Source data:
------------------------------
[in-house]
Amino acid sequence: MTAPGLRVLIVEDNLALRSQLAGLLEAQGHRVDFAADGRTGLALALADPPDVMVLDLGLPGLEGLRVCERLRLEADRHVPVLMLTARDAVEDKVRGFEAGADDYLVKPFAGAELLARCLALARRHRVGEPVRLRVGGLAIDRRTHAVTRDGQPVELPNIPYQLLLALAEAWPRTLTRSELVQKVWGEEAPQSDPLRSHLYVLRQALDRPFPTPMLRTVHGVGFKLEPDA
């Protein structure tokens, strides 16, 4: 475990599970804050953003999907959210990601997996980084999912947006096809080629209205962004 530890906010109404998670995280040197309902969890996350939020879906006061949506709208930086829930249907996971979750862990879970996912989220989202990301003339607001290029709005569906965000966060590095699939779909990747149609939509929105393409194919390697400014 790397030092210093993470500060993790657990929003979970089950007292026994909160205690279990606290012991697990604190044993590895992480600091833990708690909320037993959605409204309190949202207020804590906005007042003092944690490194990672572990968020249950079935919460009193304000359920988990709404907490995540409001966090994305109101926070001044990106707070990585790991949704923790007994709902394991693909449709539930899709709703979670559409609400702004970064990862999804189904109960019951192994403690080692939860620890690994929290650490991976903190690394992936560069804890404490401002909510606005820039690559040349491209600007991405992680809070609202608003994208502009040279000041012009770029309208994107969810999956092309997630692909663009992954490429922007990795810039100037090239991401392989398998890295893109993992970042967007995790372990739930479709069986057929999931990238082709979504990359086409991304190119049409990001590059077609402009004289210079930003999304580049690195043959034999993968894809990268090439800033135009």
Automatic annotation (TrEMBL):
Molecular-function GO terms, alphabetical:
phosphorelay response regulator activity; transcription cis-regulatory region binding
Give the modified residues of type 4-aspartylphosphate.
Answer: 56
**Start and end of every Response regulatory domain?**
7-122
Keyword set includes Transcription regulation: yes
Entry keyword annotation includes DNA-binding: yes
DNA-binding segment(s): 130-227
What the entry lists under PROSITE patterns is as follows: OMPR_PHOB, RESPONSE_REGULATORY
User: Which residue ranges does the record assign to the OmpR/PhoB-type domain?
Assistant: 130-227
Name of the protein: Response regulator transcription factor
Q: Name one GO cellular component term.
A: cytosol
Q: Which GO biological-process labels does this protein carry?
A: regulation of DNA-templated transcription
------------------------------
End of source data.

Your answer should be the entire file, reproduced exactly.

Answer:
[in-house]
Amino acid sequence: MTAPGLRVLIVEDNLALRSQLAGLLEAQGHRVDFAADGRTGLALALADPPDVMVLDLGLPGLEGLRVCERLRLEADRHVPVLMLTARDAVEDKVRGFEAGADDYLVKPFAGAELLARCLALARRHRVGEPVRLRVGGLAIDRRTHAVTRDGQPVELPNIPYQLLLALAEAWPRTLTRSELVQKVWGEEAPQSDPLRSHLYVLRQALDRPFPTPMLRTVHGVGFKLEPDA
């Protein structure tokens, strides 16, 4: 475990599970804050953003999907959210990601997996980084999912947006096809080629209205962004 530890906010109404998670995280040197309902969890996350939020879906006061949506709208930086829930249907996971979750862990879970996912989220989202990301003339607001290029709005569906965000966060590095699939779909990747149609939509929105393409194919390697400014 790397030092210093993470500060993790657990929003979970089950007292026994909160205690279990606290012991697990604190044993590895992480600091833990708690909320037993959605409204309190949202207020804590906005007042003092944690490194990672572990968020249950079935919460009193304000359920988990709404907490995540409001966090994305109101926070001044990106707070990585790991949704923790007994709902394991693909449709539930899709709703979670559409609400702004970064990862999804189904109960019951192994403690080692939860620890690994929290650490991976903190690394992936560069804890404490401002909510606005820039690559040349491209600007991405992680809070609202608003994208502009040279000041012009770029309208994107969810999956092309997630692909663009992954490429922007990795810039100037090239991401392989398998890295893109993992970042967007995790372990739930479709069986057929999931990238082709979504990359086409991304190119049409990001590059077609402009004289210079930003999304580049690195043959034999993968894809990268090439800033135009």
Automatic annotation (TrEMBL):
Molecular-function GO terms, alphabetical:
phosphorelay response regulator activity; transcription cis-regulatory region binding
Give the modified residues of type 4-aspartylphosphate.
Answer: 56
**Start and end of every Response regulatory domain?**
7-122
Keyword set includes Transcription regulation: yes
Entry keyword annotation includes DNA-binding: yes
DNA-binding segment(s): 130-227
What the entry lists under PROSITE patterns is as follows: OMPR_PHOB, RESPONSE_REGULATORY
User: Which residue ranges does the record assign to the OmpR/PhoB-type domain?
Assistant: 130-227
Name of the protein: Response regulator transcription factor
Q: Name one GO cellular component term.
A: cytosol
Q: Which GO biological-process labels does this protein carry?
A: regulation of DNA-templated transcription